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#functional
Title
# functional
j

JP

05/25/2020, 10:48 AM
A question from someone who’s not familiar with functional programming: I read that any recursive functions could be converted into tail-recursive function using something called continuation passing style from functional programming paradigm. I tried to practice with it with my own example function of reversing a singly linked list, but I’m kind of stuck. I think just by looking at a trivial examples like factorial or fibonacci function wasn’t enough for me to understand the concept. Could anyone give me a help, or point to a good reference (rather easy to understand for beginners) regarding this matter?
r

raulraja

05/25/2020, 11:50 AM
There are two options here to keep recursion safe. Attempt to rewrite the function so you handle terinal case emptyList + recurse over head + remaining el in tail position or introducing trampolines. Trampolines jump the stack every so often frames to avoid StackOverFlow moving the remaining of the computation to the heap and back to the stack. AndThen in Arrow helps trampolining
j

JP

05/25/2020, 1:05 PM
Could you please elaborate more? I wasn’t really able to comprehend from sentence “Attempt to rewrite the function so you handle terinal case emptyList + recurse over head + remaining el in tail position or introducing trampolines.” I would first like to understand how to convert the function to tail-recursive function, without using higher level abstractions or additional functional programming library. I was trying to find a source which explains continuous passing style in simplified manner, but I wasn’t able to.
j

julian

05/25/2020, 4:26 PM
@JP Yes, I think it's a good idea to master converting recursion to tail-recursion first. You don't need continuation passing or functional programming for that. And those two are much wider and deeper topics, especially FP. I highly recommend Chapter 4 of Joy of Kotlin by @pysaumont for tail-recursion in particular, and non-library-specific FP in general. Otherwise, you can probably find articles on the internet on the topic. Beyond that, Kotlin coroutines are an implementation of continuation passing style. You may find understanding CPS easier by searching for and reading articles on how Kotlin converts suspend functions to coroutines.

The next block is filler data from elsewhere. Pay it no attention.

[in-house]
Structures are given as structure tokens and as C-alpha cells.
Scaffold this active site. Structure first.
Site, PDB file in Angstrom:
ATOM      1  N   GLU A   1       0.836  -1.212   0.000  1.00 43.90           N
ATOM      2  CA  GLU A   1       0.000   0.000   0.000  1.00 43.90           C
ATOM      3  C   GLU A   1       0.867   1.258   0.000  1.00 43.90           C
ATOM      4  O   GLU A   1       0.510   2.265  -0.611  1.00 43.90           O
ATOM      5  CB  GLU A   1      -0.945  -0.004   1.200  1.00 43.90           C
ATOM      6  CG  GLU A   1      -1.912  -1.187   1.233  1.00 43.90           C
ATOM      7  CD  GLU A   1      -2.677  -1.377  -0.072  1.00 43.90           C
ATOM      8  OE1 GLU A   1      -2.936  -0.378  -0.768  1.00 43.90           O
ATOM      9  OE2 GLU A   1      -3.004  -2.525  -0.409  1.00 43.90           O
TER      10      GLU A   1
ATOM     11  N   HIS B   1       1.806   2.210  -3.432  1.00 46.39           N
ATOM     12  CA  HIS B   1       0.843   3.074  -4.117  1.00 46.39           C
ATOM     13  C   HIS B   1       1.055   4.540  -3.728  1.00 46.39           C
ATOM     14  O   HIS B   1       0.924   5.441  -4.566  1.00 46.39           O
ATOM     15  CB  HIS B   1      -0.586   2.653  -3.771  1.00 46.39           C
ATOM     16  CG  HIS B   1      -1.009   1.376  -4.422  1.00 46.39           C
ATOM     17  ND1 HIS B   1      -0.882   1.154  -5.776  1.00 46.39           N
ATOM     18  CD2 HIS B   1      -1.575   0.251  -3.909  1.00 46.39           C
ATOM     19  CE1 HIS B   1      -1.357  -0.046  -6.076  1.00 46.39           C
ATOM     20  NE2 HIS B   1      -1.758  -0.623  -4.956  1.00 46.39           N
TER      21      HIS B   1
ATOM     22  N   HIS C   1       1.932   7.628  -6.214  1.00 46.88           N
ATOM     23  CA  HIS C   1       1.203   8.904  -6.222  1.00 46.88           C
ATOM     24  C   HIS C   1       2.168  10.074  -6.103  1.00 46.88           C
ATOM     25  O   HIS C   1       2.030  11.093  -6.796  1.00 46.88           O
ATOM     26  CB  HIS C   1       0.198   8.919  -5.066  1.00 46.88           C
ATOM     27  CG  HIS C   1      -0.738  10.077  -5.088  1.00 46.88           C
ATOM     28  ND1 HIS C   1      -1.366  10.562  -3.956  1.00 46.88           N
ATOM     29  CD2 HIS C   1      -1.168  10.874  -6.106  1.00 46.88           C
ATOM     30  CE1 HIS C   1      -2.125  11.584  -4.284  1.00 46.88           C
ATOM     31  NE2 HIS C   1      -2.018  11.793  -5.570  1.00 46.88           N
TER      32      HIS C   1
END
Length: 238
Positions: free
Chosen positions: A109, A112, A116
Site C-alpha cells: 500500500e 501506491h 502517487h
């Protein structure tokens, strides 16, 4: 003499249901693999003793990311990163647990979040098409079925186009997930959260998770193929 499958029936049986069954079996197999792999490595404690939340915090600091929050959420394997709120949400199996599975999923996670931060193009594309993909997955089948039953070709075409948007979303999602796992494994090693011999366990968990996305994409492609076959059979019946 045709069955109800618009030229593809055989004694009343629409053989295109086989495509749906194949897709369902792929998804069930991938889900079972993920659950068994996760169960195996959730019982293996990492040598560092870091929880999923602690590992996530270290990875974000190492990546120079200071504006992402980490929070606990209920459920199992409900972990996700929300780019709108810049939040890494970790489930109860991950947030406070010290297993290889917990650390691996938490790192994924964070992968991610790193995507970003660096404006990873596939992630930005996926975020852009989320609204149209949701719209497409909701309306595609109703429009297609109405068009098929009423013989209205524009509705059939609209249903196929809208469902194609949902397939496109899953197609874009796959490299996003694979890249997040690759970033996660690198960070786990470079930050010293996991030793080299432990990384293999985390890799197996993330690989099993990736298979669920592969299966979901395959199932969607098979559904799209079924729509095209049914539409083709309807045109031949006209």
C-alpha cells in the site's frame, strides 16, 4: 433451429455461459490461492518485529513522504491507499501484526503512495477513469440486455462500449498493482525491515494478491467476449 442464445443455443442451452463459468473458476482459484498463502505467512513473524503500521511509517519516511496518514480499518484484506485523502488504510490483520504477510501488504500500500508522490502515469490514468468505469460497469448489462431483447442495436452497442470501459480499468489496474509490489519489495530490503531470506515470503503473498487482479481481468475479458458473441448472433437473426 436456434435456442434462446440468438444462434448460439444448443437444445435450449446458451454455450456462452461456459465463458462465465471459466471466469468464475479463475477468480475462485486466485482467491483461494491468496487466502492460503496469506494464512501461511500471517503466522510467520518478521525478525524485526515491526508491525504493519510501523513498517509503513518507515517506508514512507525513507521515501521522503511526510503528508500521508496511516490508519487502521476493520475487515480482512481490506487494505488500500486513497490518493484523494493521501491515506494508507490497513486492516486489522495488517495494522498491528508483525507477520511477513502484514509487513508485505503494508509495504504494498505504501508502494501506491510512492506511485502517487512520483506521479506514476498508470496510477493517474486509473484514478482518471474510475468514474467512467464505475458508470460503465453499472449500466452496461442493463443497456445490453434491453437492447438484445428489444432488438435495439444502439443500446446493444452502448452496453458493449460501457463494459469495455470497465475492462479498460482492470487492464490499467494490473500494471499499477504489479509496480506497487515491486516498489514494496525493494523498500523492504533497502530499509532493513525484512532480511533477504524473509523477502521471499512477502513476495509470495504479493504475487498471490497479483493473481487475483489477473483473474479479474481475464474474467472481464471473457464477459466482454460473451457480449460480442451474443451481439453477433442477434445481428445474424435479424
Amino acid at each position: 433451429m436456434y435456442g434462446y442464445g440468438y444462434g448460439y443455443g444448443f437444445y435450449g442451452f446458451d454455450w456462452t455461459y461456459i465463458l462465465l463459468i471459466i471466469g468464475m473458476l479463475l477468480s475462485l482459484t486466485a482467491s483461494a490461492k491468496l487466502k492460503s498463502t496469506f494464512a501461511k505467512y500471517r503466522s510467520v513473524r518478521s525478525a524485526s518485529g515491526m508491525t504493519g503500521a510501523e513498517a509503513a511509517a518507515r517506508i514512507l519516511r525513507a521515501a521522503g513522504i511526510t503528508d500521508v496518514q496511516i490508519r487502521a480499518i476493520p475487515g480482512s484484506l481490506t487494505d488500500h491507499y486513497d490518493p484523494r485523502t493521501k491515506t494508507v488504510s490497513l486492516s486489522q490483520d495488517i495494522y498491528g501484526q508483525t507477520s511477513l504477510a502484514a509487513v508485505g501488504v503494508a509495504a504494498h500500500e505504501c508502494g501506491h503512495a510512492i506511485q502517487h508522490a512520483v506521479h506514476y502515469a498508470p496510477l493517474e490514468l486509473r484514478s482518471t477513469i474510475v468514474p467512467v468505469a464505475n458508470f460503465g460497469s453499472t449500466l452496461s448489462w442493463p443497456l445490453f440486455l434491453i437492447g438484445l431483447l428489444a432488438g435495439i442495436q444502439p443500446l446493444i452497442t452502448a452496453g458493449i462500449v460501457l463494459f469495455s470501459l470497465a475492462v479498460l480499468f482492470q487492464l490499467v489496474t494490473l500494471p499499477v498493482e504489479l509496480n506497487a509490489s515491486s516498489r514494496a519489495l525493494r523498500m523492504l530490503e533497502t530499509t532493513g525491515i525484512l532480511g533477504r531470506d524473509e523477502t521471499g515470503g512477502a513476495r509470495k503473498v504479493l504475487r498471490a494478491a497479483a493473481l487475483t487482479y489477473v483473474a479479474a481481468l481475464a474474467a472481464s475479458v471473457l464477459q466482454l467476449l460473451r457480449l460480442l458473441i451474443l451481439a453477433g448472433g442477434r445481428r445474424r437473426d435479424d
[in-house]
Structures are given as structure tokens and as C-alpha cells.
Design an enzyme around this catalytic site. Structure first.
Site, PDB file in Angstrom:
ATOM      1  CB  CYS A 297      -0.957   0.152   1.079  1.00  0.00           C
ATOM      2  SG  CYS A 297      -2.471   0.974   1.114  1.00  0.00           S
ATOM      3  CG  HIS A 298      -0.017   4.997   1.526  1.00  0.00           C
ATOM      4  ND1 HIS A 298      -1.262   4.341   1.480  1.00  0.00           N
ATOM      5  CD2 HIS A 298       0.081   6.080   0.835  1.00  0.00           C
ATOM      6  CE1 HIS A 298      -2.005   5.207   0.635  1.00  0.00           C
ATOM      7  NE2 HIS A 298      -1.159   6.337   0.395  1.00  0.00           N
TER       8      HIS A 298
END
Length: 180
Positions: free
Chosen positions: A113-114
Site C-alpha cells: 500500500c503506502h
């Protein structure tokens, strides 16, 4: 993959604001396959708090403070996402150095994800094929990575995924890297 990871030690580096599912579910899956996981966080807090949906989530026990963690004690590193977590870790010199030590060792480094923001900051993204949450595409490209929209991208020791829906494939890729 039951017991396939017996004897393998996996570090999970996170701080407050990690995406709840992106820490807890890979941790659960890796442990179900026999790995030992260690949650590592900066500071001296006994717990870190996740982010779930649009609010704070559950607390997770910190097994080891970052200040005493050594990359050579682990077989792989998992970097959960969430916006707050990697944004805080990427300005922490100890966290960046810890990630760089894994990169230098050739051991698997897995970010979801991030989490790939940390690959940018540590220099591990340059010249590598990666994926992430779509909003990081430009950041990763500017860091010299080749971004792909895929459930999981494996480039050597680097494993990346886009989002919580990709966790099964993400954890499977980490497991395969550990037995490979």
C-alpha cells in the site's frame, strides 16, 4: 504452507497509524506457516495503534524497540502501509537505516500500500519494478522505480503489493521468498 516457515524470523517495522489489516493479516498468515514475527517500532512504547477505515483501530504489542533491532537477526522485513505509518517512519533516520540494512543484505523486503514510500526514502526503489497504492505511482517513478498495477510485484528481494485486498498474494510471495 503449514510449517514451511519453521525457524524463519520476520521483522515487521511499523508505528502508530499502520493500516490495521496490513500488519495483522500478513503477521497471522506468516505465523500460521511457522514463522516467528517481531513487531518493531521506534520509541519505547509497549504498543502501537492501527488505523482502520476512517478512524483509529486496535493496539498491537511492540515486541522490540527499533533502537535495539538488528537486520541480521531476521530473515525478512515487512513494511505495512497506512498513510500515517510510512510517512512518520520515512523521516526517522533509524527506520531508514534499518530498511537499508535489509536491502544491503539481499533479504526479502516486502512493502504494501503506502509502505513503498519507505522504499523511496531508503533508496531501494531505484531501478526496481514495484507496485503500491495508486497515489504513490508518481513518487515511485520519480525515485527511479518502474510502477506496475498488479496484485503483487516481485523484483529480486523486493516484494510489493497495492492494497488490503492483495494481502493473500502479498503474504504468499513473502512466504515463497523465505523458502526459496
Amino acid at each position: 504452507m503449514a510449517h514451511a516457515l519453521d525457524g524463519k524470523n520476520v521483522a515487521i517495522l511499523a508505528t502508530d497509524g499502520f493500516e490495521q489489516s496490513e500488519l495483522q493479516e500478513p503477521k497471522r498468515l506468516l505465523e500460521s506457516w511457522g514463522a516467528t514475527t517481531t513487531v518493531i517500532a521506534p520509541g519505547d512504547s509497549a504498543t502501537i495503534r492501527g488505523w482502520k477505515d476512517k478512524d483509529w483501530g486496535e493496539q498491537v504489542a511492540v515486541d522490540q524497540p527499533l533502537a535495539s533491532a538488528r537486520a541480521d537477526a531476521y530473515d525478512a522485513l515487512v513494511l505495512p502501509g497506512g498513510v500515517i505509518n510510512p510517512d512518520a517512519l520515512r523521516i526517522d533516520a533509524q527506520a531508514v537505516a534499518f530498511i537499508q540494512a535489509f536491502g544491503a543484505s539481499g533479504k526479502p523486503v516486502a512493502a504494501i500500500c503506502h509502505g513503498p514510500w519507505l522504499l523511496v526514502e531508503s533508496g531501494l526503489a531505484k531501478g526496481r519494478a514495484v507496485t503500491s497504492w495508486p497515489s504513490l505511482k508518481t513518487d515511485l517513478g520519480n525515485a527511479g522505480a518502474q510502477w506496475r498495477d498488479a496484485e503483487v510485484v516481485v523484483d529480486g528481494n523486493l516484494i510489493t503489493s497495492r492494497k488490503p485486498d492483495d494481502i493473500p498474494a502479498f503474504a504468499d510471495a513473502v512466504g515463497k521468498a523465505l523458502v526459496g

j

JP

05/25/2020, 5:14 PM
@julian Thanks for the comment. But is it possible to convert the above function to tail recursion without using continuation passing? In general, can all recursive functions be converted to tail recursive ones even without the notion of continuation passing?
j

julian

05/25/2020, 5:24 PM
@JP Yes, your function can be converted to tail recursion. To see if you're successful in doing so, apply the Kotlin
tailrec
keyword to the function and see whether the compiler recognizes your implementation as being tail-recursive. I don't know if all recursion can be converted to tail-recursion, but all the cases I've encountered have been convertible. Though it always involves some refactoring of the function itself, sometimes extensively. Yes, tail-recursion can be achieved without continuation passing. But there may be a subset of cases where continuation passing is required or preferred.
These are not trivial topics to learn and master. But if you set your mind to it, and apply patient effort, all is possible.
j

JP

05/26/2020, 11:12 AM
Thank you, I did manage to rewrite the function in tail-recursion without CPS, but I’d still like to learn the concept of it. I found this page https://www.it.uu.se/edu/course/homepage/avfunpro/ht10/notes/html/f06-cps.html and with the factorial example I managed to understand that defining the continuation as such, and applying the initial continuation as identity function makes it work, but I still wasn’t able to grasp the generalized concepts, so that I could apply for functions other than the simple examples like factorial or fibonacci. I’d be grateful if someone could point to a nice reference regarding the topic which possibly contains some generous explanations for beginners.